“You are loved”

Who wouldn’t benefit from hearing this?

“I hear you”

This tells the person that you’re really listening, and not just waiting for your turn to dispense wisdom. No one needs that.

“I’m thinking of you today”

This is a good one to text every now and then.

“The love you feel for him/her is still real”

Because it is. You may not know where the person is, so don’t say cheesy things like “they’re looking down on you right now.” But you do know that the love they feel is still real, even though the recipient of that love has passed away.

“It hurts because you loved them so much”

This is true.

“My favorite memory of her/him was the time…”

Memories are wonderful to share. Think about it – they don’t have any new memories to make with their loved one. But what if you can provide a story that they had never heard before? Or relive one that they know well, but from a new perspective (yours)?

That’s gold.

“What a beautiful legacy he/she left”

But only say it if you mean it. From here, it’s easy to continue talking with what, exactly, that legacy is. It’s a great conversation starter.

“I don’t know what to say”

Just be honest. That’s perfectly fine.

Compliment them

“You look beautiful today.”

“I see you’ve been keeping up on the garden again, it looks amazing.”

“I’m so impressed by your courage and openness through all of this.”

Keep reaching out

After you’ve expressed condolences, shared stories, prayed together, gone to the funeral…. keep reaching out. Ask yourself: Is their spouse/child/parent still gone? Then yes, they’re still affected by it.

More: 10 Things to Say Instead of “I’m Sorry for Your Loss”

Part IV: Creative Ideas to Comfort Someone

A thoughtful gift, gesture, or tribute can bring unexpected comfort to someone you care about.

Create an online memorial

Use social media, or use one of the many free memorial websites to create a place where people can share photos and memories. Your grieving friend may not want to look at it now, but it will be there when they’re ready.

Give them things to do

This is sort of the opposite of what you’d expect. Most people want to help out the person who needs comfort, not pile on more stuff! However, for many of us, an unoccupied mind plus free/alone time is a recipe for depression.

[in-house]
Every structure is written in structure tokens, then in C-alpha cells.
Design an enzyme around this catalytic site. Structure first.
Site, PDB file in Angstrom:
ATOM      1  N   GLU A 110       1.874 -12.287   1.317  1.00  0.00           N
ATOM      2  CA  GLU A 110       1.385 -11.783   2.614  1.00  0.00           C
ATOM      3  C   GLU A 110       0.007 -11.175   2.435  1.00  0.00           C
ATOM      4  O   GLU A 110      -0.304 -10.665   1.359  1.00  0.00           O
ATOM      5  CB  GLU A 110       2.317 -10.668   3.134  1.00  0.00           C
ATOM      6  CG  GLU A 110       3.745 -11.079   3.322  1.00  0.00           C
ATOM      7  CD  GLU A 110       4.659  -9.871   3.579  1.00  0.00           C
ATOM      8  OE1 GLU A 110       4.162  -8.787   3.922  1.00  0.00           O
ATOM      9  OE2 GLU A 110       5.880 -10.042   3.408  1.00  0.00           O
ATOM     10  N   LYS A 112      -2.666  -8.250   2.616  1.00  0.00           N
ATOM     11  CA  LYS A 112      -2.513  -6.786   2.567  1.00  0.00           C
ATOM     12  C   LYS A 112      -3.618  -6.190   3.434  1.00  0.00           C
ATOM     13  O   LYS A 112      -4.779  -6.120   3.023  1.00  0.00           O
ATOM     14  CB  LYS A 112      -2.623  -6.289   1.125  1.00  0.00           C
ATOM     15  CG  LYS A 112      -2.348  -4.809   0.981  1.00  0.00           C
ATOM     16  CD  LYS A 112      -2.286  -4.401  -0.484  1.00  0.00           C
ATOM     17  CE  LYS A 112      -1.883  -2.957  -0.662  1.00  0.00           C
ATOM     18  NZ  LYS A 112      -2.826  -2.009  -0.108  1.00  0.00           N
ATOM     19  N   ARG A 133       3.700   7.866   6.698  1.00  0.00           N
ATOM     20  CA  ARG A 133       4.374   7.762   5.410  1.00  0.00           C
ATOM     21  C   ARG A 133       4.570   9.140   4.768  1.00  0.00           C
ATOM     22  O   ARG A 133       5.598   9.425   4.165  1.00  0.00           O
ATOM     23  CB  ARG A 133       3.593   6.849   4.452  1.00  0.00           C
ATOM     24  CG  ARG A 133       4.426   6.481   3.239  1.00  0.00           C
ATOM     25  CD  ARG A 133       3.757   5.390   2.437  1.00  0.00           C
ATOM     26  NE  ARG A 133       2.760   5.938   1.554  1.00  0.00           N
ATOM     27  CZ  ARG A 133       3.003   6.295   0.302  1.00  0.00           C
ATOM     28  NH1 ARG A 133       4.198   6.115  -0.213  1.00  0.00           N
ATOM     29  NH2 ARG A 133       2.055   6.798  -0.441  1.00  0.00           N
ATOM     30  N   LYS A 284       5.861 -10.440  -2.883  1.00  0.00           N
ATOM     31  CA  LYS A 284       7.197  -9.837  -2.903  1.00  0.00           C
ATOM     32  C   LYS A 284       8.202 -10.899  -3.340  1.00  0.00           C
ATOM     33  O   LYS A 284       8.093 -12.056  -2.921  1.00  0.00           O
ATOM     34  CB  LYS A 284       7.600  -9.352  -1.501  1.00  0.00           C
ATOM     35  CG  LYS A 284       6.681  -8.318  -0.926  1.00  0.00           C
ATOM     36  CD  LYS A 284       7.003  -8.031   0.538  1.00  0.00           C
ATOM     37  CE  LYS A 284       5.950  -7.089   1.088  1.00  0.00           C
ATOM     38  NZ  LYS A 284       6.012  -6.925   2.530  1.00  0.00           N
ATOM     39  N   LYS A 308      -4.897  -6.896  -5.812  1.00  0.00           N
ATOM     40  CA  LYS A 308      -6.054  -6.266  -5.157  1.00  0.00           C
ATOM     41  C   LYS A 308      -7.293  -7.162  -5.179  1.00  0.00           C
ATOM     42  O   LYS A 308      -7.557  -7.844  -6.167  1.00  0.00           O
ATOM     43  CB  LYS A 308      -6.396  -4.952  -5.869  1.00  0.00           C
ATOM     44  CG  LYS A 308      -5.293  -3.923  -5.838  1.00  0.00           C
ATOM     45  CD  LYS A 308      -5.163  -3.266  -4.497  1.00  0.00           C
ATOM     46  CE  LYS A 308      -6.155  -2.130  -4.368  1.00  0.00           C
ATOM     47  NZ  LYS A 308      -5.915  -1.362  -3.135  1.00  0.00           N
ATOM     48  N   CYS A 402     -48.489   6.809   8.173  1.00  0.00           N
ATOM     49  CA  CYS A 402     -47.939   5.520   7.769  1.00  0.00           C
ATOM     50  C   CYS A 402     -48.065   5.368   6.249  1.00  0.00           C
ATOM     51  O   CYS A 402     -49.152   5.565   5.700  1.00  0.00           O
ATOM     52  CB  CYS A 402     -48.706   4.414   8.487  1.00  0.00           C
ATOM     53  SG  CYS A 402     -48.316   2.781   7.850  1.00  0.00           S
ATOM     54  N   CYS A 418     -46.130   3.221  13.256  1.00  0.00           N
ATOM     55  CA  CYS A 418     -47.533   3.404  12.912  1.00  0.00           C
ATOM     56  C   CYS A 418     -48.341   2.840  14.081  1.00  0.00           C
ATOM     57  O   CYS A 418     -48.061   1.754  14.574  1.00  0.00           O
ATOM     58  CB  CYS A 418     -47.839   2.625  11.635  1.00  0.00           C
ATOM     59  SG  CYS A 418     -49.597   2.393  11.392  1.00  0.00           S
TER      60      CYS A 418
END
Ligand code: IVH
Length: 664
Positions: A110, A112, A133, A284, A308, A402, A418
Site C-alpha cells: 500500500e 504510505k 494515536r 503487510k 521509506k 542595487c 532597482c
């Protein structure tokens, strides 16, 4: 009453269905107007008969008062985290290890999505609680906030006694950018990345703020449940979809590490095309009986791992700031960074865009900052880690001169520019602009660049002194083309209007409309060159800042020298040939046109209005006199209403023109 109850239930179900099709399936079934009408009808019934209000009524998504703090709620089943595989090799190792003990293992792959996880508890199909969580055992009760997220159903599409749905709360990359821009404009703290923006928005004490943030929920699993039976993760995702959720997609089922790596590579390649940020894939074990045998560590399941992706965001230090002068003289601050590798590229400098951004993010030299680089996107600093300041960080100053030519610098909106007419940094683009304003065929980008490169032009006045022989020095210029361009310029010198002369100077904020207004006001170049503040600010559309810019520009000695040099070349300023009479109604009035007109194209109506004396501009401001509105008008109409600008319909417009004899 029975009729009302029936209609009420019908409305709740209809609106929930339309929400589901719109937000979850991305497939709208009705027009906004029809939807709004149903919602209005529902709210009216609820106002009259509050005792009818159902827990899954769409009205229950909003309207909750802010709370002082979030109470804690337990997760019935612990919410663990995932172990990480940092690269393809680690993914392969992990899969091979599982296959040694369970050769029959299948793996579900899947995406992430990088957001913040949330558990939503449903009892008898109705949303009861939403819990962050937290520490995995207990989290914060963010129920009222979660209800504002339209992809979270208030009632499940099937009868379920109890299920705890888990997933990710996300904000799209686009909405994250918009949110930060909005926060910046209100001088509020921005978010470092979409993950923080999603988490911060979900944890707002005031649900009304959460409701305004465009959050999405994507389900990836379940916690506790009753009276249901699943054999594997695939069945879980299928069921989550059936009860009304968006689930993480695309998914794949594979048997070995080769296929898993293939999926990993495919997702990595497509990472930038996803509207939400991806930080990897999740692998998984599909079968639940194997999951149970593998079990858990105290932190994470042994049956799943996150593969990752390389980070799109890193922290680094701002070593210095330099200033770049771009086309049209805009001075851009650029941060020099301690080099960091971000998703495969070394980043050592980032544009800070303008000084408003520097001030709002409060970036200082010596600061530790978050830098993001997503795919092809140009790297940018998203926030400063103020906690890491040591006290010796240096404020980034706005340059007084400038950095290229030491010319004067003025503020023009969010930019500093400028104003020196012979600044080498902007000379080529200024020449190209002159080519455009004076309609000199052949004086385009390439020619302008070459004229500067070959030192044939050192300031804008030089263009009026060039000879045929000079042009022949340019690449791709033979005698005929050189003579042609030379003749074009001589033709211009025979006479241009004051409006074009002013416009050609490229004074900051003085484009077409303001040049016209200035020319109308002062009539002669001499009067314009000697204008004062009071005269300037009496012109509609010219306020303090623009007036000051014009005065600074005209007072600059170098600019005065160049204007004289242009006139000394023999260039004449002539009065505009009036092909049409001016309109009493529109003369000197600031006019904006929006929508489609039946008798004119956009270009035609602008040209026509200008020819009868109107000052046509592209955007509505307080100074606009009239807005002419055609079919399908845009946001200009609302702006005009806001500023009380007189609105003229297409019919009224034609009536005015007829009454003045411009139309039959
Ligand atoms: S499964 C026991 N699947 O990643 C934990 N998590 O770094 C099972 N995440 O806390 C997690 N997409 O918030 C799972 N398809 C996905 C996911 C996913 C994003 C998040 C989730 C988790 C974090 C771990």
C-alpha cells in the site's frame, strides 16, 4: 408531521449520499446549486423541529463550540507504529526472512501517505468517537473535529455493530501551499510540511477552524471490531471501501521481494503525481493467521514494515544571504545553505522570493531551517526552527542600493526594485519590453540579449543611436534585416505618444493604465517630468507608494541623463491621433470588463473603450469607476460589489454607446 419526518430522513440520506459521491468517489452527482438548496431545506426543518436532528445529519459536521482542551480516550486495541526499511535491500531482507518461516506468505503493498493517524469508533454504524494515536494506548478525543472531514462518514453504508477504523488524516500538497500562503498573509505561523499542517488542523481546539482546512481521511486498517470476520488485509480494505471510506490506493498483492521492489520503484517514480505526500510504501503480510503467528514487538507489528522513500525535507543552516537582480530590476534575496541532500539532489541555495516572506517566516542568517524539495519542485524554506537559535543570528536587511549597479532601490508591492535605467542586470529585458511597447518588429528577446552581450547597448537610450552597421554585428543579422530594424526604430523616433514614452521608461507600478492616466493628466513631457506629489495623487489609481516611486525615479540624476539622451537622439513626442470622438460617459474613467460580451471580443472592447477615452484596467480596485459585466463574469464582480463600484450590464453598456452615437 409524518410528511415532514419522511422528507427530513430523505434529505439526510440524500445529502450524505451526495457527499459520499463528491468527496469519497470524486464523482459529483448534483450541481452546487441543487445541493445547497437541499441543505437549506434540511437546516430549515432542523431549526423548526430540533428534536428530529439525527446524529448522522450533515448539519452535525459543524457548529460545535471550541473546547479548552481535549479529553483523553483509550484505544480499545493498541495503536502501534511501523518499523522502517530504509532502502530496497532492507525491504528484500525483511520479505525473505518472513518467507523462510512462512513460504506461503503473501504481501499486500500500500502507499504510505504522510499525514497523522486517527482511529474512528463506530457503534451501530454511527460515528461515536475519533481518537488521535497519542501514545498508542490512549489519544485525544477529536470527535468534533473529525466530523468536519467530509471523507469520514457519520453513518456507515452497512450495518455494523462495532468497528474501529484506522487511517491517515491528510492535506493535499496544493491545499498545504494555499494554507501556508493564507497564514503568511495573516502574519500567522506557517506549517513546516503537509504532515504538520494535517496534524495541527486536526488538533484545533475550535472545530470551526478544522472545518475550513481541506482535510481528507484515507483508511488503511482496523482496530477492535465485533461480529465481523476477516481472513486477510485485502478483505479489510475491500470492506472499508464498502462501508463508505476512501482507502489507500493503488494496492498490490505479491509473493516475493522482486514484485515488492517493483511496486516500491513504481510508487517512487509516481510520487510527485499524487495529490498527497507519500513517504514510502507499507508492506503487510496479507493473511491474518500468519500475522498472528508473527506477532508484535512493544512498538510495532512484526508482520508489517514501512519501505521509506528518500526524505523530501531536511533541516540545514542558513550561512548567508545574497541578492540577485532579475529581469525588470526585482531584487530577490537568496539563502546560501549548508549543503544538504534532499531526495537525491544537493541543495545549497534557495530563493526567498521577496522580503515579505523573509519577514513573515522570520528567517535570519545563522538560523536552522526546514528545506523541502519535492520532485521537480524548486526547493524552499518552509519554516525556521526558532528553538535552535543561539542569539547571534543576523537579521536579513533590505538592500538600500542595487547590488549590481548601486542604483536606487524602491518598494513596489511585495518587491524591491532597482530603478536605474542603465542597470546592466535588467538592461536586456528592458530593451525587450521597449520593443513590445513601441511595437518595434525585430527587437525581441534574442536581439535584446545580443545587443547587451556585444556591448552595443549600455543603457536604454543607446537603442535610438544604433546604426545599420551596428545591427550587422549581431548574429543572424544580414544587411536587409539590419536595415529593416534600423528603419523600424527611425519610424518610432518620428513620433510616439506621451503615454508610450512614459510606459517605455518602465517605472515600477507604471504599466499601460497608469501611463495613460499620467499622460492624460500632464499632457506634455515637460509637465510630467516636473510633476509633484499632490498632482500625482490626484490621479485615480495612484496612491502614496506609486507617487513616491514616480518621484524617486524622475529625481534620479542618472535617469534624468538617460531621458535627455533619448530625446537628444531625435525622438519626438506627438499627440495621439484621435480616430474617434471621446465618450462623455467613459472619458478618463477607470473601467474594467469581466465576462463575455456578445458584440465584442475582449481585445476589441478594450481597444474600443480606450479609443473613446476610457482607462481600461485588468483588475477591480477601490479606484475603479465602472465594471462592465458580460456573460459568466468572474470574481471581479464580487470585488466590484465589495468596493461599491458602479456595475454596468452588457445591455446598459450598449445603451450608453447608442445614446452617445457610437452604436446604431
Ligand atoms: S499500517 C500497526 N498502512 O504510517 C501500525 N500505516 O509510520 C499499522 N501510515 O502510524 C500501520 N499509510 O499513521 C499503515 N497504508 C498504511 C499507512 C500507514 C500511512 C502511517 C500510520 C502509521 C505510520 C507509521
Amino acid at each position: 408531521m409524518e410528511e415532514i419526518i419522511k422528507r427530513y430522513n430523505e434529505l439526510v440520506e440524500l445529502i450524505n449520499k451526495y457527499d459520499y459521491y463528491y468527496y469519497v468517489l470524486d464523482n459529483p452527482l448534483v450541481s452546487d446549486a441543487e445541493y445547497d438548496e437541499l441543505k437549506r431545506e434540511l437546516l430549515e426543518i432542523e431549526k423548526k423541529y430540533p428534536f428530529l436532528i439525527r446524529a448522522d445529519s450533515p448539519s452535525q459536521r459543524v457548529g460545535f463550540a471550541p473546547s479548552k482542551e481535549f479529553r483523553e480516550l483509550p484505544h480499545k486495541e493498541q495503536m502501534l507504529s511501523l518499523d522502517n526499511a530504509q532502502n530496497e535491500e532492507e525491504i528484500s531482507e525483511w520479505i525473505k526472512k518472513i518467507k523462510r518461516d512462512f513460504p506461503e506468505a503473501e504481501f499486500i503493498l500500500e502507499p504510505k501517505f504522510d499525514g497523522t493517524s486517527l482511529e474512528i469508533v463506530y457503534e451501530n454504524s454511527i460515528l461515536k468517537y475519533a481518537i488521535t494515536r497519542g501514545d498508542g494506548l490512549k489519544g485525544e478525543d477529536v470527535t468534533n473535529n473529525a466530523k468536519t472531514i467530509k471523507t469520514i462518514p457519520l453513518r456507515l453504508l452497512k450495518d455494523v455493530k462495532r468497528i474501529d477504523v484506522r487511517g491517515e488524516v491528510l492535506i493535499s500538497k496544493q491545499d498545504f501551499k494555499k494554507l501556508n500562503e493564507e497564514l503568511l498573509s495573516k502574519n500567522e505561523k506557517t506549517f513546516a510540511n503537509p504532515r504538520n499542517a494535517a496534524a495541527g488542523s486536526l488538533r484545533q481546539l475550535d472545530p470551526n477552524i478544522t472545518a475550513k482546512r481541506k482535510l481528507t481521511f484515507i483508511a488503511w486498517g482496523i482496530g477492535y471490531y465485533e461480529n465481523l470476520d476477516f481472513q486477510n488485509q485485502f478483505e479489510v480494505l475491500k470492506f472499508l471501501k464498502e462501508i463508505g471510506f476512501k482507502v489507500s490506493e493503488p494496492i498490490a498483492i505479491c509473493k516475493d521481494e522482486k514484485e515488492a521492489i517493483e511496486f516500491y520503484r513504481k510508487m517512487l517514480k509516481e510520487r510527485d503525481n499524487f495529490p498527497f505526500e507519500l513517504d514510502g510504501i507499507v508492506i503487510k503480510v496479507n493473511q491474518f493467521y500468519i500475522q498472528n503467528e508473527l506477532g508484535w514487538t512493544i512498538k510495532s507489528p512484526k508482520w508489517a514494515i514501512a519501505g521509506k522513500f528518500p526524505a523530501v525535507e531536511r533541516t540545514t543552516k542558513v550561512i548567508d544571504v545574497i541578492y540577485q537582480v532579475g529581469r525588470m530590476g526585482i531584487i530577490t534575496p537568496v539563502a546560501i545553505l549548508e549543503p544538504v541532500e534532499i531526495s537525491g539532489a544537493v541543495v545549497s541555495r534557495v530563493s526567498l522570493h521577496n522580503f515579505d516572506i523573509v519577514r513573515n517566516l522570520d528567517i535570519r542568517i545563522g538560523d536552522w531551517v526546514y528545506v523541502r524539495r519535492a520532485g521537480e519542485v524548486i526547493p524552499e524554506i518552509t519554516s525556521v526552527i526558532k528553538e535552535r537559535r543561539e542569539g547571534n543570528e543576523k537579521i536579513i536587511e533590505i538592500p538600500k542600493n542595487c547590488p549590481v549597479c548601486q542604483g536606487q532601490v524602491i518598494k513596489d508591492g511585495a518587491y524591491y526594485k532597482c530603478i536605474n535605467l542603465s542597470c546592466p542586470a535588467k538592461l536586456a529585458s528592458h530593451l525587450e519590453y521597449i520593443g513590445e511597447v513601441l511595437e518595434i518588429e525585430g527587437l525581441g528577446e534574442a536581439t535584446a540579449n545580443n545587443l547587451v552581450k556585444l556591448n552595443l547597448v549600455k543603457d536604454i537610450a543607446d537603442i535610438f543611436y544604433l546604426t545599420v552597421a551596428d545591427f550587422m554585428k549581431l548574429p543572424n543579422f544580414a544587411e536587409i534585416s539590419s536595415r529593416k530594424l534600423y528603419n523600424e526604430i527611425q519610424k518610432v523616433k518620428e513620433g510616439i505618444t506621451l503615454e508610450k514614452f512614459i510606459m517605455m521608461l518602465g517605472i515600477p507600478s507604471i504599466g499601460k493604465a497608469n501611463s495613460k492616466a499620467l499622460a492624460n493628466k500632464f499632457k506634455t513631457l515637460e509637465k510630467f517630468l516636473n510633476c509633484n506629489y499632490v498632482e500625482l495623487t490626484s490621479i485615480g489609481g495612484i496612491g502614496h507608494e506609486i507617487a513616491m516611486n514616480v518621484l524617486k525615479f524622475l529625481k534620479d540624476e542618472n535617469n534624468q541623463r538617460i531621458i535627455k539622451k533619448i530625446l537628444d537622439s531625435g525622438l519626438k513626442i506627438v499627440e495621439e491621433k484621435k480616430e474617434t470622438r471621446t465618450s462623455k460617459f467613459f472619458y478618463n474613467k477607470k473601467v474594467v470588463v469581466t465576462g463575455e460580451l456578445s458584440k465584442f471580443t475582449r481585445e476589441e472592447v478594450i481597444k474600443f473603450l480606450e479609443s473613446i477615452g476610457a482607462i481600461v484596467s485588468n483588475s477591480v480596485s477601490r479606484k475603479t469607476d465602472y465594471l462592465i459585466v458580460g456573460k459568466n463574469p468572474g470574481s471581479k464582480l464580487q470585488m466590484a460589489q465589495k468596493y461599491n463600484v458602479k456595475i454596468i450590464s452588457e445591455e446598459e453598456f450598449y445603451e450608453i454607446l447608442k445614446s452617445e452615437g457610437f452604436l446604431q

So think up some creative tasks that aren’t a burden. Make a memorial photo album of their loved one, or write in a grief journal. Volunteer to work with them to finish that mosaic table top they were working on before… all of this. These things can be genuinely helpful.

Distractions are ok

Give them a riveting thriller you recently read, watch a movie together, share memes and tell jokes, help them get back into their hobbies and the swing of daily life. Taking time to grieve is important, but so is so-called “normal” life.

Bring coffee

Show up with their favorite coffee or maybe a pastry.

Make them eat protein

People will be bringing coffee, treats, and sweets – so that sort of thing will be readily available. Plus those who grieve can tend to go for snacks, carbs, and sugars because they’re “comfort” foods. So bring chicken to grill and put on a salad, or a nice healthy soup, or even some nuts or jerky to help combat the tendency to reach for unhealthy snack foods.

Raise a glass in memory of their loved one

This is a neat idea, no? Bring a bottle of wine, or this opener and a favorite brew, and raise a glass to their loved one’s memory together.

Please be smart and careful with alcohol and grief.

Bring household necessities

They probably don’t feel like running out to the store. So it’s a good excuse to show up with some basic stuff – dish soap, TP, plastic baggies, paper plates, plus maybe a book or some chocolate.

Remember the children

If there are kids in the house, do something special for them. When bringing a meal, include some kid-friendly favorites. If you’re stopping by to share tea with your friend, bring some hot cocoa packets to share with the young ones.

Kids grieve too, of course. And your friend will be comforted when they see that you’re also caring for the rest of their family.

Look at pictures together

If you have any photos of the one who passed away, share them with your grieving friend. Look at photo albums with them. Scroll together through their phone’s photos, and maybe help them cast it to their TV so you can watch a slideshow on the big screen.